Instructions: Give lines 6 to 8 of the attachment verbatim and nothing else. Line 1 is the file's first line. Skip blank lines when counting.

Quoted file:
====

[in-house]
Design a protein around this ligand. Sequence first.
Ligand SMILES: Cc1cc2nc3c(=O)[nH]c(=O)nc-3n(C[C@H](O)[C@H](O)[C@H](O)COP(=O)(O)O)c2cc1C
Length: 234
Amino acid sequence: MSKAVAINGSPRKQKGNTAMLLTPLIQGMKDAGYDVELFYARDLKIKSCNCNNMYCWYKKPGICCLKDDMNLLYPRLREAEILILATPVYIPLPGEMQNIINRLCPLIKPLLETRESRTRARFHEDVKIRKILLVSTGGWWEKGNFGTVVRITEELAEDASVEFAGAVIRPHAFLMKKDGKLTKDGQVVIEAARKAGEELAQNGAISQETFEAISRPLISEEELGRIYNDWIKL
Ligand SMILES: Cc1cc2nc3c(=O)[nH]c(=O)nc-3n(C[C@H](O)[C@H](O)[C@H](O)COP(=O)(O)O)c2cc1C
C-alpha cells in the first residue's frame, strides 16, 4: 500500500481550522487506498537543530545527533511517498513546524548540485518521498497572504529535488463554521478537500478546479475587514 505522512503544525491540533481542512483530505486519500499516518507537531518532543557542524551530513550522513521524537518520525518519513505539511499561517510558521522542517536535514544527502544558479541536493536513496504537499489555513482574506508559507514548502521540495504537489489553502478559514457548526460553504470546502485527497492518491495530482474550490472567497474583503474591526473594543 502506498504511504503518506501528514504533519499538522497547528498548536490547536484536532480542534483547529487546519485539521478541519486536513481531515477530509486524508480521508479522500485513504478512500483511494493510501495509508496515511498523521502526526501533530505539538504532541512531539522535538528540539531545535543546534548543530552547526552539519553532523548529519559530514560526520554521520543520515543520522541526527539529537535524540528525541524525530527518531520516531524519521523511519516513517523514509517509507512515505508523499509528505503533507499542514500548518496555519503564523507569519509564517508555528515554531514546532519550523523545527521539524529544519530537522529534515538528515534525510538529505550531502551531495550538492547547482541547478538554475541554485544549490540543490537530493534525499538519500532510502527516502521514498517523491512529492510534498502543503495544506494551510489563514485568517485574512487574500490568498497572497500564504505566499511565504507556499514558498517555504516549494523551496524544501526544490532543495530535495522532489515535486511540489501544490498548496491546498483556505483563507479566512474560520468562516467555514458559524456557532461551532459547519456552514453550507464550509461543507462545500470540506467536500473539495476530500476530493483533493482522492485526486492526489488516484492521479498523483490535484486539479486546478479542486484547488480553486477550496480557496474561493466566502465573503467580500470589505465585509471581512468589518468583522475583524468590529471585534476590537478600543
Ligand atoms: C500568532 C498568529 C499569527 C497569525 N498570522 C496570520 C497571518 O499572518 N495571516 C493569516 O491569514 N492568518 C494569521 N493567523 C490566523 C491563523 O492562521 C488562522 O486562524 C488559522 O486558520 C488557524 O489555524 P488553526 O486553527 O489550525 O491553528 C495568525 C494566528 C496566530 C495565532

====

Ligand SMILES: Cc1cc2nc3c(=O)[nH]c(=O)nc-3n(C[C@H](O)[C@H](O)[C@H](O)COP(=O)(O)O)c2cc1C
C-alpha cells in the first residue's frame, strides 16, 4: 500500500481550522487506498537543530545527533511517498513546524548540485518521498497572504529535488463554521478537500478546479475587514 505522512503544525491540533481542512483530505486519500499516518507537531518532543557542524551530513550522513521524537518520525518519513505539511499561517510558521522542517536535514544527502544558479541536493536513496504537499489555513482574506508559507514548502521540495504537489489553502478559514457548526460553504470546502485527497492518491495530482474550490472567497474583503474591526473594543 502506498504511504503518506501528514504533519499538522497547528498548536490547536484536532480542534483547529487546519485539521478541519486536513481531515477530509486524508480521508479522500485513504478512500483511494493510501495509508496515511498523521502526526501533530505539538504532541512531539522535538528540539531545535543546534548543530552547526552539519553532523548529519559530514560526520554521520543520515543520522541526527539529537535524540528525541524525530527518531520516531524519521523511519516513517523514509517509507512515505508523499509528505503533507499542514500548518496555519503564523507569519509564517508555528515554531514546532519550523523545527521539524529544519530537522529534515538528515534525510538529505550531502551531495550538492547547482541547478538554475541554485544549490540543490537530493534525499538519500532510502527516502521514498517523491512529492510534498502543503495544506494551510489563514485568517485574512487574500490568498497572497500564504505566499511565504507556499514558498517555504516549494523551496524544501526544490532543495530535495522532489515535486511540489501544490498548496491546498483556505483563507479566512474560520468562516467555514458559524456557532461551532459547519456552514453550507464550509461543507462545500470540506467536500473539495476530500476530493483533493482522492485526486492526489488516484492521479498523483490535484486539479486546478479542486484547488480553486477550496480557496474561493466566502465573503467580500470589505465585509471581512468589518468583522475583524468590529471585534476590537478600543
Ligand atoms: C500568532 C498568529 C499569527 C497569525 N498570522 C496570520 C497571518 O499572518 N495571516 C493569516 O491569514 N492568518 C494569521 N493567523 C490566523 C491563523 O492562521 C488562522 O486562524 C488559522 O486558520 C488557524 O489555524 P488553526 O486553527 O489550525 O491553528 C495568525 C494566528 C496566530 C495565532